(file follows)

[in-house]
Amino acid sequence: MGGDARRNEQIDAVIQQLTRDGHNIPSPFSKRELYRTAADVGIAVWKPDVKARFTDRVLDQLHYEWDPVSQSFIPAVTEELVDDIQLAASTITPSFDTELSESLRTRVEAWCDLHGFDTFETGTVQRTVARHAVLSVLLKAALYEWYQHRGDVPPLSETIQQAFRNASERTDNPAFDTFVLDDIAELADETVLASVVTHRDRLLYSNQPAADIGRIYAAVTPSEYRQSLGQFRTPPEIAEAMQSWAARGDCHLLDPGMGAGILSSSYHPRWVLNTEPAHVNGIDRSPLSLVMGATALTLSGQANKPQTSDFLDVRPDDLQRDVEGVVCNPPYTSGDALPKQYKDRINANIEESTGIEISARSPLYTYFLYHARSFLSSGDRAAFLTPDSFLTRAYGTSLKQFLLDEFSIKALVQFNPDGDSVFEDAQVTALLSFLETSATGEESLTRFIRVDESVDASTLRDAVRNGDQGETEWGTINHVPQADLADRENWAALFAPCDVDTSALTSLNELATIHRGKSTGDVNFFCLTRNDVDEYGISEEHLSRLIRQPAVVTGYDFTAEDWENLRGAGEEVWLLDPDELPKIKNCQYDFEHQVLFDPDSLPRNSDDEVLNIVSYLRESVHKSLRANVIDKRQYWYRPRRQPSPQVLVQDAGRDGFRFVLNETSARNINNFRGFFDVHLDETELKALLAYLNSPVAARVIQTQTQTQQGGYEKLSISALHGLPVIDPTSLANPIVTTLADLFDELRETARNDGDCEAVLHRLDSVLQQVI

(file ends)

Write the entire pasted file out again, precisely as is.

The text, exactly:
[in-house]
Amino acid sequence: MGGDARRNEQIDAVIQQLTRDGHNIPSPFSKRELYRTAADVGIAVWKPDVKARFTDRVLDQLHYEWDPVSQSFIPAVTEELVDDIQLAASTITPSFDTELSESLRTRVEAWCDLHGFDTFETGTVQRTVARHAVLSVLLKAALYEWYQHRGDVPPLSETIQQAFRNASERTDNPAFDTFVLDDIAELADETVLASVVTHRDRLLYSNQPAADIGRIYAAVTPSEYRQSLGQFRTPPEIAEAMQSWAARGDCHLLDPGMGAGILSSSYHPRWVLNTEPAHVNGIDRSPLSLVMGATALTLSGQANKPQTSDFLDVRPDDLQRDVEGVVCNPPYTSGDALPKQYKDRINANIEESTGIEISARSPLYTYFLYHARSFLSSGDRAAFLTPDSFLTRAYGTSLKQFLLDEFSIKALVQFNPDGDSVFEDAQVTALLSFLETSATGEESLTRFIRVDESVDASTLRDAVRNGDQGETEWGTINHVPQADLADRENWAALFAPCDVDTSALTSLNELATIHRGKSTGDVNFFCLTRNDVDEYGISEEHLSRLIRQPAVVTGYDFTAEDWENLRGAGEEVWLLDPDELPKIKNCQYDFEHQVLFDPDSLPRNSDDEVLNIVSYLRESVHKSLRANVIDKRQYWYRPRRQPSPQVLVQDAGRDGFRFVLNETSARNINNFRGFFDVHLDETELKALLAYLNSPVAARVIQTQTQTQQGGYEKLSISALHGLPVIDPTSLANPIVTTLADLFDELRETARNDGDCEAVLHRLDSVLQQVI